In this week’s episode of WDD’s HotSpot, brought to you by Memory Protection Devices:

  • Leap Motion has launched their 3D motion control software, which allows people to control their computer with natural hand and finger movements. Set at a retail price of $79.99, the Leap Motion Controller can be ordered at, and works with computers running on Mac OS x 10.7 or 10.8. It requires a minimum Intel Core or AMD Phenom Two Processor, two gigabytes of RAM, and a USB 2.0 port.
  • With the BBiQ, grillmasters now have the chance to relax, hang out with their friends, and enjoy their own barbecues, because this device monitors food while managing the grill. It notifies users when to turn the food, when to add seasoning, and when the food is done. If you’re cooking different types of food, it will tell you which to put on the grill first, how long to wait before putting the next thing on, and even suggest where to place each item on the surface.
  • Scientists at the Bristol Robotics Laboratory have developed a way of charging mobile phones using urine as the power source to generate electricity. Using microbial fuel cells as energy converters, organic matter get directly turned into electricity via the metabolism of live microorganisms.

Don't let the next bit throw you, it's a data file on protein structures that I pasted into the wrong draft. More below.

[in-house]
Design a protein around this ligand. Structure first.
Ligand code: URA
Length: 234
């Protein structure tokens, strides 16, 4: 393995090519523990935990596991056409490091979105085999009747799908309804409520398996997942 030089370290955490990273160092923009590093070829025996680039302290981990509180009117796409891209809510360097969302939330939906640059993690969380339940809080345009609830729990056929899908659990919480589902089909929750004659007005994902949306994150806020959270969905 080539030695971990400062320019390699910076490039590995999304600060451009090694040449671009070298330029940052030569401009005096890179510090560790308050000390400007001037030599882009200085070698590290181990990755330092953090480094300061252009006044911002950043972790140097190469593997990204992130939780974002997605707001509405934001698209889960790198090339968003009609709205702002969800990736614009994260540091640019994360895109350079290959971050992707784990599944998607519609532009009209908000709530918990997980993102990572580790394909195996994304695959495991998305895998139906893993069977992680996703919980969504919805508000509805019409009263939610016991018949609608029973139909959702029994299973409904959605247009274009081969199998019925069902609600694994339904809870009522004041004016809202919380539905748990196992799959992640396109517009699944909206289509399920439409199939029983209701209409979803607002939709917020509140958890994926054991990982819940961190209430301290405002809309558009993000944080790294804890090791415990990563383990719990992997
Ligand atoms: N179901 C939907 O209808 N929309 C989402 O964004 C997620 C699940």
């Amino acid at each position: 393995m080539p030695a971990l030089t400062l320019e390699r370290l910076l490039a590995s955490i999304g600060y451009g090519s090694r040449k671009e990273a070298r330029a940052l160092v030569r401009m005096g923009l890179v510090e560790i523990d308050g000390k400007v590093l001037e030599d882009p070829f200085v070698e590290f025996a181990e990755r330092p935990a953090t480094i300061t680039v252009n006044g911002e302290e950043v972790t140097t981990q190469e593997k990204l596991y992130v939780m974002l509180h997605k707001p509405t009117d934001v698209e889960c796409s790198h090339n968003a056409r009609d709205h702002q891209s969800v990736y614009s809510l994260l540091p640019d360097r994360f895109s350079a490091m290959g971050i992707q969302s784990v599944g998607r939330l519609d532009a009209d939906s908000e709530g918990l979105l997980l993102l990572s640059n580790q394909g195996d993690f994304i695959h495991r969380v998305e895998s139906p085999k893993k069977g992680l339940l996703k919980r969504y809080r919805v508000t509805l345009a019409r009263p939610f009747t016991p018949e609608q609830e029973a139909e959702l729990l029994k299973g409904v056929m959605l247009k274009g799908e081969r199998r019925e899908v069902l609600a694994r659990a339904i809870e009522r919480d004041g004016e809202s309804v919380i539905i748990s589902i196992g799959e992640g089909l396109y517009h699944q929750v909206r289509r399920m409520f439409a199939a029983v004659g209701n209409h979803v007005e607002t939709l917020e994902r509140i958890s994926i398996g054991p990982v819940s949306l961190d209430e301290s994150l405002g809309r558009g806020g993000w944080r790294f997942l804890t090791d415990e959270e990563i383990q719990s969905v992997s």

• Scientists at the Carnegie Mellon University and Microsoft Research have created internal tags called InfraStructs to help 3D printed objects become readable and interactive in the digital world. These material-based passive tags embed machine-readable information in the interior of physical objects by combining the unique capability of digital fabrication to create one-off geometric structures, with the see-through capability of terahertz imaging to read volumetric imaging.

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